This is Shehnaz. She lives in an illegal shack in Tangra, one Kolkata's squatter ragpicker communities. Her mother is a ragpicker. But Shehnaz is studying at Victoria College in the University of Calcutta. She wants to become a teacher. Until recently it was very unusual for us to persuade families to keep their daughters in education but Shahnaz is an exception.
This is what I wrote about her in a report in January 2019
“To grow up the child of a rag picker puts you among one of the most marginalised and despised groups in society. Even within the slum where you live, you are at the back of the queue for water. In a highly stratified society you are right at the bottom. Shehnaz’s mother is a ragpicker. She supports her family of six by collecting cardboard, plastic, paper and metal waste from the streets and selling in on to dealers.
Unlike many other rag pickers Shehnaz’s mother wants her children to stay away from child labour and to get an education. All the children except Shehnaz’s disabled 6 year old brother attend school. We admitted Shehnaz to this programme because her mother couldn’t afford to pay for the additional tuition necessary for her daughter to pass her exams. Since then Shehnaz has passed her class X and is happily studying in class XI. With your support and her hard work she will pass class XII next year and have the opportunity to go into higher education.”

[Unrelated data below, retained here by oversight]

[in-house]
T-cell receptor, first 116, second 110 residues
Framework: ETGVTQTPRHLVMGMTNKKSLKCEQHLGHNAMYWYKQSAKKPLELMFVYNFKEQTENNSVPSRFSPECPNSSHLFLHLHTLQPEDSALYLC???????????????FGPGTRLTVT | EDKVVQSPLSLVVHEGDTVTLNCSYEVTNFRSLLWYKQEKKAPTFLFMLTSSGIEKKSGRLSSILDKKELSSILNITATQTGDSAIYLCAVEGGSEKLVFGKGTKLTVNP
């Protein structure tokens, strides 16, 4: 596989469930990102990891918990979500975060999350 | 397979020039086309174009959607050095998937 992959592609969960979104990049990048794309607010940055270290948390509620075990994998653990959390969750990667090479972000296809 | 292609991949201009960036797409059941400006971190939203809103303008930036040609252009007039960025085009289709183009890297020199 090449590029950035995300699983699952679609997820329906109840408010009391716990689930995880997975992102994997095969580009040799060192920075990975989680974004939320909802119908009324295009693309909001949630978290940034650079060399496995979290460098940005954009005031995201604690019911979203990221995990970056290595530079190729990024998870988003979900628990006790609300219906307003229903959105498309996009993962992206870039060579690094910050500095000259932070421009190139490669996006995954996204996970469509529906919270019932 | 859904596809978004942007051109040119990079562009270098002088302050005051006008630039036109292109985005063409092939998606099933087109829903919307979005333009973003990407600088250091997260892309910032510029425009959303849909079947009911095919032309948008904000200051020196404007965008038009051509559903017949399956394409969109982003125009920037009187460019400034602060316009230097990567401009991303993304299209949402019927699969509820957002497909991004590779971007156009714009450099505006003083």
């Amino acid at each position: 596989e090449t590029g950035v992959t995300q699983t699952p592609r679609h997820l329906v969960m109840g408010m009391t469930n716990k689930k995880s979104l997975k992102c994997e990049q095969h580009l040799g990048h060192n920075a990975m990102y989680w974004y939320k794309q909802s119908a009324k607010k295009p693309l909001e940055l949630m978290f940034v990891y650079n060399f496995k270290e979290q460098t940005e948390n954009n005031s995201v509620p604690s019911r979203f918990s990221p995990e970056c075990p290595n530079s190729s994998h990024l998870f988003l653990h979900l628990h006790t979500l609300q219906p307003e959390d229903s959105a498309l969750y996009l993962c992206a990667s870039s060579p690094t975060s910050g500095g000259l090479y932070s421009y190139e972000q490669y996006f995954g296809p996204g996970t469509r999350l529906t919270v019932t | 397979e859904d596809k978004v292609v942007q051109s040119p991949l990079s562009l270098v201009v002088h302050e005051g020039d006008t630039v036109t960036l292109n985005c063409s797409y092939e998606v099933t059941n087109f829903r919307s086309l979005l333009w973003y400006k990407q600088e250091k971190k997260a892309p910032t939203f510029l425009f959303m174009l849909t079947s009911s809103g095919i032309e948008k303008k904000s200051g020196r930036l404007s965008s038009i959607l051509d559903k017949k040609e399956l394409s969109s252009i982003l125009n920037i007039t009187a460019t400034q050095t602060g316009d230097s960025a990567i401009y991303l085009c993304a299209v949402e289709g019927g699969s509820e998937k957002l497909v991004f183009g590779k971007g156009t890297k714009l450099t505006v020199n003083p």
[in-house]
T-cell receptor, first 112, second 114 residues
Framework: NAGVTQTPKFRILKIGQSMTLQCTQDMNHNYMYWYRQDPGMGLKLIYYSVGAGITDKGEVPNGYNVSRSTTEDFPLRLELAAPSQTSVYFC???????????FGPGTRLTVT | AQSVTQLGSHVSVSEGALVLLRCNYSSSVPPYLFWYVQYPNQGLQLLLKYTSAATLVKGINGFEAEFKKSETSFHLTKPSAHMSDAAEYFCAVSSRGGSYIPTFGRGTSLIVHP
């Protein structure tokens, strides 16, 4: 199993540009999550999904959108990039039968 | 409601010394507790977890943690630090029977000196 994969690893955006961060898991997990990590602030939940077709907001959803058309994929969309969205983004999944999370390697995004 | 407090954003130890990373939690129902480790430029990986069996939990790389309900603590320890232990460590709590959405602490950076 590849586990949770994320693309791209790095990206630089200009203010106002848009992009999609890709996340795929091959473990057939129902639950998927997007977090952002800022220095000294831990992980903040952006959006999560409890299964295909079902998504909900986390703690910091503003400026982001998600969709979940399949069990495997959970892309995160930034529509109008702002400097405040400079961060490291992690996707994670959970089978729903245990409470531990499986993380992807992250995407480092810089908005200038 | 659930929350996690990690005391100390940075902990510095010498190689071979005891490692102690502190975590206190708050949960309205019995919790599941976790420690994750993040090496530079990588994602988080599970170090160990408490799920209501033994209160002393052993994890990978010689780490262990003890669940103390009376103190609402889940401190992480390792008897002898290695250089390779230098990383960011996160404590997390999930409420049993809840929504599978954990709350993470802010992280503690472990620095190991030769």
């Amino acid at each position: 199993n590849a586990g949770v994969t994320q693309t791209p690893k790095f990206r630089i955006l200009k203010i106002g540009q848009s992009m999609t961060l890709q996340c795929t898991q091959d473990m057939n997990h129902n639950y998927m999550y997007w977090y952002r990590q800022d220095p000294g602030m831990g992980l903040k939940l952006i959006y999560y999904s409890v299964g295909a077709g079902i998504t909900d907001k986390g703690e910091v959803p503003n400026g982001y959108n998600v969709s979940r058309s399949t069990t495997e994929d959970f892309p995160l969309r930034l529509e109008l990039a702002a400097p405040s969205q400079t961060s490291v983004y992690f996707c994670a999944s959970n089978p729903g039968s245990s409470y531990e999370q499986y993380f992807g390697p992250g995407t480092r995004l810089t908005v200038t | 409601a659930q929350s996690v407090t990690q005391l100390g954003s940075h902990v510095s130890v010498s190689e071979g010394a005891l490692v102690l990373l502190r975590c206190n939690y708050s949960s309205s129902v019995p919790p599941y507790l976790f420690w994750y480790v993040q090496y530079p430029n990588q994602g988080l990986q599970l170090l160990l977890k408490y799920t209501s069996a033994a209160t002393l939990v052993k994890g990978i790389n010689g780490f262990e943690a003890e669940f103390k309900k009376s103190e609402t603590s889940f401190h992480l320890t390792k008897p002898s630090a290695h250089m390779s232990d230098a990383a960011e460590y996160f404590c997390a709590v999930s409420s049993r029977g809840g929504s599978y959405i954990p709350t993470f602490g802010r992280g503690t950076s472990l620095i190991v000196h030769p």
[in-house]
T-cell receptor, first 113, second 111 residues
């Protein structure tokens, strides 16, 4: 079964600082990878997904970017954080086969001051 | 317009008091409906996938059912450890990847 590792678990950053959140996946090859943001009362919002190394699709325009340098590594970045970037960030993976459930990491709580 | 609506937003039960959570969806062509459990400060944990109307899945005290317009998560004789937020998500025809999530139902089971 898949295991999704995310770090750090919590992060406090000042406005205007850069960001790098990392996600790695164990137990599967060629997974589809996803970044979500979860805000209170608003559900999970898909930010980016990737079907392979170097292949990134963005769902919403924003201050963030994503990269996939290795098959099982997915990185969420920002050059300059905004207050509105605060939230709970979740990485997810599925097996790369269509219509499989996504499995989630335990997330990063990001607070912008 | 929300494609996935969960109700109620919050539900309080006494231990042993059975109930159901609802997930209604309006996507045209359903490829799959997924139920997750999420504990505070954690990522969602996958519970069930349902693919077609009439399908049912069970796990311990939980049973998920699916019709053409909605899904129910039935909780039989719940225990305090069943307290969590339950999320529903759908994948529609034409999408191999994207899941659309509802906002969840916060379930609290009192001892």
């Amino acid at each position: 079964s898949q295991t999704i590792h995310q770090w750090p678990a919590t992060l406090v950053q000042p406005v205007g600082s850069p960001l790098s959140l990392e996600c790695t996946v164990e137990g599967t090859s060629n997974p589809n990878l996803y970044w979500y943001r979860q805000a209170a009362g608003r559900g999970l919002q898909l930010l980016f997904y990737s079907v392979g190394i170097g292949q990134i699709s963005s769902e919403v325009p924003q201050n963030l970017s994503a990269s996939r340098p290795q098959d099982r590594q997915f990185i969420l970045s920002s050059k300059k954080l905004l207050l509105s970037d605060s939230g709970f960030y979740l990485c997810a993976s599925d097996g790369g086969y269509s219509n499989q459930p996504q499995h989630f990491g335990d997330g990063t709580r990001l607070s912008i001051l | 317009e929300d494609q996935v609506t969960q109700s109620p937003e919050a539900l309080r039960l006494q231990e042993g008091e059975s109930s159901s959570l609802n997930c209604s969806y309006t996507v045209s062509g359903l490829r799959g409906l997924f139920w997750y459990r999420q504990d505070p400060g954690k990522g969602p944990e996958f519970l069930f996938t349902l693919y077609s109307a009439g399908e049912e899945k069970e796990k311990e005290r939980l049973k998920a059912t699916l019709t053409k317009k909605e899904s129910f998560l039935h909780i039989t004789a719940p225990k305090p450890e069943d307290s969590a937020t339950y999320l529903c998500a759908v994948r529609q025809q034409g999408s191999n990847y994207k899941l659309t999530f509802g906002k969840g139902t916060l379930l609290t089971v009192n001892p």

The COVID-19 lockdown and the closure of schools in India has put girls like Shahnaz at great risk of being pushed into early marriage. So we at Tiljala SHED have been extra vigilant throughout these difficult times ensuring that Shehnaz and the other girls have continued as far as possible with their education. This has meant in many cases supplying the whole family with food rations at times when there was no work for daily labourers and even beggars and ragpickers couldn’t go outside to scrape a living from the streets.
I am delighted that Shehnaz passed her class XII and is now at University - she is unique in her community . And in order to help her access her education online we will be giving her a smartphone later this week. She will be able to keep in close contact with her lecturers and her curriculum. We have also mobilised a team of volunteers who will provide technical support, mentoring and career advice – all to be delivered via Shehnaz’s phone.
We still desperately need sponsors to come forward with support for more girls like Shehnaz. It is girls like her who will go on to bring positive change to her community and to help other vulnerable girls to escape a future of abuse, poverty and exploitation.
Just £30 a month can transform a life and even a community…
News from January and survival during COVID19 Lockdown
By Jane Manson | Fundraising
Girls and their parents at our January meeting
It seems like a very long time ago, but when I was in Kolkata in January I met up with almost all the sponsored girls on this programme. What struck me most of all was how confident the girls have become. They all spoke English with me and were able to tell me about school and what they hope to do with their education. I was so proud of them. Their living conditions are very difficult especially for those who need to study.